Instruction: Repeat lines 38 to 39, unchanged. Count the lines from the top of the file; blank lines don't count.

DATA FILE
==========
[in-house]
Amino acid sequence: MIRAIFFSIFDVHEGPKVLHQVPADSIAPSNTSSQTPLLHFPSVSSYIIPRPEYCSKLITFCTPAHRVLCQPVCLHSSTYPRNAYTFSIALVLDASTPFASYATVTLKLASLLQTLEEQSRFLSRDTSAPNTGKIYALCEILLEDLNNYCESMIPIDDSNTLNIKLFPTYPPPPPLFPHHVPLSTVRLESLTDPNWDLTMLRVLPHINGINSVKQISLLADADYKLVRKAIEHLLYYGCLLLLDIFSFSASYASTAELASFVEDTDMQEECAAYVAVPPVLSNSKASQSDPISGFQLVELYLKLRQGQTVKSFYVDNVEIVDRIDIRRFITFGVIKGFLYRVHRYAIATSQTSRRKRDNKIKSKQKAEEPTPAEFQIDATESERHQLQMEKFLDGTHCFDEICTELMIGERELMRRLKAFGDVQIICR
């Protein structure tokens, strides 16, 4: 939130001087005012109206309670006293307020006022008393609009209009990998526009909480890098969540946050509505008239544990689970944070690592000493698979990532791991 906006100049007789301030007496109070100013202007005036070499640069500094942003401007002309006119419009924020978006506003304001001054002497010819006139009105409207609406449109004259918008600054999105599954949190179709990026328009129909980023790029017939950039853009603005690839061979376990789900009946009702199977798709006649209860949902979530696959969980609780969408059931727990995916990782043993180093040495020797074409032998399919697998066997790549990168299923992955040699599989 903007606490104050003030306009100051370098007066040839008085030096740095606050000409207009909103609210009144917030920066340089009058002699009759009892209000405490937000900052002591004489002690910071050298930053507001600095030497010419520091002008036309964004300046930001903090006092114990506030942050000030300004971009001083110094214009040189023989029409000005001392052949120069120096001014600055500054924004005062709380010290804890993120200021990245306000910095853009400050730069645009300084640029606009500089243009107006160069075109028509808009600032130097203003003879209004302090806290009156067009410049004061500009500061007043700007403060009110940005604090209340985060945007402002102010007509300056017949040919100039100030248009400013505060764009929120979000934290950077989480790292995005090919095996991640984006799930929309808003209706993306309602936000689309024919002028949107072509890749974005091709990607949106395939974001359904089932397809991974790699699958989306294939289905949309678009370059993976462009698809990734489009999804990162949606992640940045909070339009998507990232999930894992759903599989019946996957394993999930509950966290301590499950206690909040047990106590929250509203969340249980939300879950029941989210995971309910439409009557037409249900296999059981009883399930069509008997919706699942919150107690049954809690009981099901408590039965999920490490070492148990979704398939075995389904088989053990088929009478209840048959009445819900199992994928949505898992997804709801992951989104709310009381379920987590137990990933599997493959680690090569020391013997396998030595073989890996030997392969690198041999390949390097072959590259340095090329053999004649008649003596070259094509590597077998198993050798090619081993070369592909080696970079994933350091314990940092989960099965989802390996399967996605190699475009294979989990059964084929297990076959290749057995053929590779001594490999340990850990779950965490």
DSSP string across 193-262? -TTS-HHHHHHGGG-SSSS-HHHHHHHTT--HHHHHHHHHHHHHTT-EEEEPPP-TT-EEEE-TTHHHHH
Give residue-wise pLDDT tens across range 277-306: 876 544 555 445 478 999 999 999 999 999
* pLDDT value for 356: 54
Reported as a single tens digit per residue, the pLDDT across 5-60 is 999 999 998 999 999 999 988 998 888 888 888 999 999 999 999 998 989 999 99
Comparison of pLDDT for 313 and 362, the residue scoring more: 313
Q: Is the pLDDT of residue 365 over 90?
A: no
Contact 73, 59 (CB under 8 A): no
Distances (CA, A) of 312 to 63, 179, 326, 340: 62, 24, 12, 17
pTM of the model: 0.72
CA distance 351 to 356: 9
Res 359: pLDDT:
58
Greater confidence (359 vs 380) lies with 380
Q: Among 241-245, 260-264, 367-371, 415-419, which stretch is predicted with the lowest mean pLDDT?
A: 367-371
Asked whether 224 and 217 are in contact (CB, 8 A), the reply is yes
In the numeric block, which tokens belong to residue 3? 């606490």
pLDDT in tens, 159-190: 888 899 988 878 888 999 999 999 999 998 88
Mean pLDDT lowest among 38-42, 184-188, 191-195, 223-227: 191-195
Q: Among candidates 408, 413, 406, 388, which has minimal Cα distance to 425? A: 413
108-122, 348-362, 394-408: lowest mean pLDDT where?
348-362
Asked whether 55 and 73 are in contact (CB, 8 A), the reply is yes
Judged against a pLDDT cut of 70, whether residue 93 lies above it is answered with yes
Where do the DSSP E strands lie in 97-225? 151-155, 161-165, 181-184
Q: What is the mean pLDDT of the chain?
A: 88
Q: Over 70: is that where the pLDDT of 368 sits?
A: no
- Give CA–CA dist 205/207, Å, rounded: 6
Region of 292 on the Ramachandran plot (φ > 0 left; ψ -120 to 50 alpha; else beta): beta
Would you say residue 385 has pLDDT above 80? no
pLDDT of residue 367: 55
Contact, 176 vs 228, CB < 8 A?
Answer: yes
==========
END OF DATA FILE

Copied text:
Contact, 176 vs 228, CB < 8 A?
Answer: yes